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PreventWhiteSpotsonTeethWhileWearingBraceswithDiligentOralHygiene

After months of wearing braces it's time for the big reveal: your new and improved smile! Your once crooked teeth are now straight and uniform.

But a look in the mirror at your straighter teeth might still reveal something out of place: small chalky-white spots dotting the enamel. These are most likely white spot lesions (WSLs), points on the enamel that have incurred mineral loss. It happens because mouth acid shielded by your braces contacted the teeth at those points for too long.

Most mouth acid is the waste product of bacteria that thrive in dental plaque, a thin film of food particles that can build up on tooth surfaces. High levels of acid are a definite sign that plaque hasn't been removed effectively through brushing and flossing.

But normal hygiene can be difficult while wearing braces: it's not easy to maneuver around brackets and wires to reach every area of tooth surface. Specialized tooth brushes can help, as well as floss threaders that help maneuver floss more easily through the wires. A water irrigator that uses pulsating water to remove plaque between teeth is another option.

However, if in spite of stepped-up hygiene efforts WSLs still develop, we can treat them when we've removed your braces. One way is to help re-mineralize the affected tooth surfaces through over-the-counter or prescription fluoride pastes or gels. It's also possible re-mineralization will occur naturally without external help.

While your teeth are sound, their appearance might be diminished by WSLs. We can improve this by injecting a liquid tooth-colored resin below the enamel surface. After hardening with a curing light, the spot will appear less opaque and more like a normal translucent tooth surface. In extreme cases we may need to consider porcelain veneers to cosmetically improve the tooth appearance.

In the meantime while wearing braces, practice thorough dental hygiene and keep up your regular cleaning visits with your general dentist. If you do notice any unusual white spots around your braces, be sure to see your dentist or orthodontist as soon as possible.

If you would like more information on dental care during orthodontic treatment, please contact us or schedule an appointment for a consultation. You can also learn more about this topic by reading the Dear Doctor magazine article “White Spots on Teeth during Orthodontic Treatment.”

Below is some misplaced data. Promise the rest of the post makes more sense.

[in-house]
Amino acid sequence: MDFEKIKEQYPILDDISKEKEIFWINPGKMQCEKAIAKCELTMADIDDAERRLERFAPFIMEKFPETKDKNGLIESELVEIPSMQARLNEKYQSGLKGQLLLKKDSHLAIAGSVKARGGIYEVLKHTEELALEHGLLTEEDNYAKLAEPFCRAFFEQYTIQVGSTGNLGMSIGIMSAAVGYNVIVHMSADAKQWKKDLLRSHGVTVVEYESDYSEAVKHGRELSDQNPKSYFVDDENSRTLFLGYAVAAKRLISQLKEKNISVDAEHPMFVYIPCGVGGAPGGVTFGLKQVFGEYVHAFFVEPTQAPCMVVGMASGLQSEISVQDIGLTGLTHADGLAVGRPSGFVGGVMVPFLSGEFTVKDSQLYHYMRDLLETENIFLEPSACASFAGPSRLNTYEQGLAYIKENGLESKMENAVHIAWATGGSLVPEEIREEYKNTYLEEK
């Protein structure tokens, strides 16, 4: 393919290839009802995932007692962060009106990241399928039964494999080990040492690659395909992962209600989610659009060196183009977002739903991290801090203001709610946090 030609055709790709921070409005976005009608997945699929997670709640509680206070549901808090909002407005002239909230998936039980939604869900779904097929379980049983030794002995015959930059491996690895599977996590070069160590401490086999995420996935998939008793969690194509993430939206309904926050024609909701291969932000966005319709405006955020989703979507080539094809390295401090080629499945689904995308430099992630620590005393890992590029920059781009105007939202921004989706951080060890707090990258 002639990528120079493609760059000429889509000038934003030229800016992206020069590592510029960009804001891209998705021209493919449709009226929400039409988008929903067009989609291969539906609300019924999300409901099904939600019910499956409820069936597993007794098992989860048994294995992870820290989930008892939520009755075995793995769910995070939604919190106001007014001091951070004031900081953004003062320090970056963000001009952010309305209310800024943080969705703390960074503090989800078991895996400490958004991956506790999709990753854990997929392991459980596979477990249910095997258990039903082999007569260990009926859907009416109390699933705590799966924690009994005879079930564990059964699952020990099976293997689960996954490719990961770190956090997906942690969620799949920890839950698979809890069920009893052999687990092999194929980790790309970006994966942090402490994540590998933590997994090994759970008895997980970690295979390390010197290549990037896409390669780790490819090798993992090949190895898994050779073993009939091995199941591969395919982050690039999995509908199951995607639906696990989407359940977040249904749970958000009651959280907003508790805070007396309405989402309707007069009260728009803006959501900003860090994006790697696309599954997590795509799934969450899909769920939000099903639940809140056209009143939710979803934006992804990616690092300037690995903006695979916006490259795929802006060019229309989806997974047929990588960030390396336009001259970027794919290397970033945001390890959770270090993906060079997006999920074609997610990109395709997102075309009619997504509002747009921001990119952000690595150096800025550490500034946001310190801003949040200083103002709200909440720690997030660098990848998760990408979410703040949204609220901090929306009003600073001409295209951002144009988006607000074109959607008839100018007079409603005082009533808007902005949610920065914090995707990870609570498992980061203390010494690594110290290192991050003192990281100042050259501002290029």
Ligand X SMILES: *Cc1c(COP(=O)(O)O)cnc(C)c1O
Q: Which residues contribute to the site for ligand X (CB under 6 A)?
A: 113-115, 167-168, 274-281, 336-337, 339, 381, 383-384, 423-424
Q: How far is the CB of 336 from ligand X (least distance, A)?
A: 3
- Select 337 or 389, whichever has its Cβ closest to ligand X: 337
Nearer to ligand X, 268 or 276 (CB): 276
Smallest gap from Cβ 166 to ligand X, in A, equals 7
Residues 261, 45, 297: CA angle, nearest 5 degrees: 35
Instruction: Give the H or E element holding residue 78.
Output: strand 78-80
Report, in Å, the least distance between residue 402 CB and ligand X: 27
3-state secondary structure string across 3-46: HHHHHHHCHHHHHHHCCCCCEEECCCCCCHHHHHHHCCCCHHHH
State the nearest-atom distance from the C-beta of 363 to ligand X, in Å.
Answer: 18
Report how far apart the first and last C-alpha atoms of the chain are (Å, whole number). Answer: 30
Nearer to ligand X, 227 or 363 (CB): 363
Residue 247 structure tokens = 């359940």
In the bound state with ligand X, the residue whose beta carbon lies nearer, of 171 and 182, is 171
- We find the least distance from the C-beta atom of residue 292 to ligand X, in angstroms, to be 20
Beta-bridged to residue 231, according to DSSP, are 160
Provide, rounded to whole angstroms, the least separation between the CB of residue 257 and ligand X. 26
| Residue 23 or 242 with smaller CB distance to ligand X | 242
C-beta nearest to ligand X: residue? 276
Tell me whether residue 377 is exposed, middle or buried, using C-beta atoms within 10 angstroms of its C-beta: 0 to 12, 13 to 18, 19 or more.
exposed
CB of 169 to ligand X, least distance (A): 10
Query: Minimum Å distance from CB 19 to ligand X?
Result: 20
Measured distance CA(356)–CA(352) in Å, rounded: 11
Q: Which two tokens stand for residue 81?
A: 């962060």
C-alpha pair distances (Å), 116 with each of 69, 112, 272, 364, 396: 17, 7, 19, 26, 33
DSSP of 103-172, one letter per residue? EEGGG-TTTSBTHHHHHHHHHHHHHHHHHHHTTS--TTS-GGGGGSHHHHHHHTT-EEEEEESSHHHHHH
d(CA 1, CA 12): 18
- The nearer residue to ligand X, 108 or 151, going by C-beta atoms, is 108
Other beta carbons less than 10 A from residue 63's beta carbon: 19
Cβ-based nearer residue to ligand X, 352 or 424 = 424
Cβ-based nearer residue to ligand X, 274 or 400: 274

By Golden Dental
April 23, 2018
Category: Dental Procedures

In addition to a professional dental cleaning, your dentist will also check for cavities at your bi-yearly appointments. If one is detected, a fillingsfilling could be all you need to protect that tooth for many years into the future. Have a dentist at Golden Dental in Lancaster, CA, check your smile for cavities and if necessary, have a cavity treated with a filling.

How Do Fillings Help?

Unfortunately, tooth enamel does not regenerate or grow back after tooth decay or damage. The enamel must be replaced with a substance called a filling. For many years, amalgam (metal) material was used for fillings, but nowadays patients ask for tooth-colored fillings that are made of composite resin or porcelain. It forms a protective layer on the surface of the tooth so that bacteria and food particles can’t irritate the inner pulp. Fillings last for up to a decade or longer.

Signs You May Need a Filling

A sharp sensation of pain is one of the first signs that you should look out for when trying to determine if you need a filling. If the pain becomes consistent and you avoid chewing on one side of your mouth, that is an even more urgent sign that you need treatment by a Lancaster dentist. Dark holes or marks on the top of a tooth may also be a sign of a cavity. Generally, if you eat a lot of candy and sweets or don’t have the best dental hygiene, you should have your teeth checked soon.

Keeping Your Teeth Healthy

To avoid having to come back to the dentist again for a cavity filling, you must take on new dental hygiene habits. Here are a few simple tips to follow:

  • Brush while you are doing other tasks in the morning instead of staring at the mirror. Make sure you get at least two minutes of brushing in per session.
  • Replace sugary treats with healthier sweets, like apples or pears.
  • Rinse your mouth thoroughly after eating a meal.
  • Eat calcium-rich foods that will help remineralize your enamel, reducing the chance of cavities.

Schedule a Checkup Today

Watch for the signs you may need a filling and go to your dentist for an exam and treatment as needed. Call (661) 948-8100 today to set an appointment with Dr. Roland Markarian at his office in Lancaster, CA.

RemovingTeethCouldImprovetheOutcomeforaCrowdedBite

The primary goal of dental care is to preserve teeth. But there are circumstances in which removing a tooth, even a relatively healthy one, could prove best in the long run.

A malocclusion (poor bite) related to crowding might fit such a circumstance. Crowding occurs when the size of the jaw is too small for the teeth coming in. With not enough space, some teeth could erupt out of their proper positions. Removing certain teeth frees up space to eventually allow braces or other orthodontic devices to re-align the teeth.

The teeth most frequently removed are the first bicuspids, located between the cuspid (the "eyeteeth" directly under the eyes) and the back teeth, and the second premolar. Removing these won't normally affect appearance or functionality once orthodontic or cosmetic treatments are complete.

Because of the mechanics of jaw development it might be necessary to perform these extractions several years before orthodontic treatment. This could create another potential problem: the time lag could adversely affect bone health.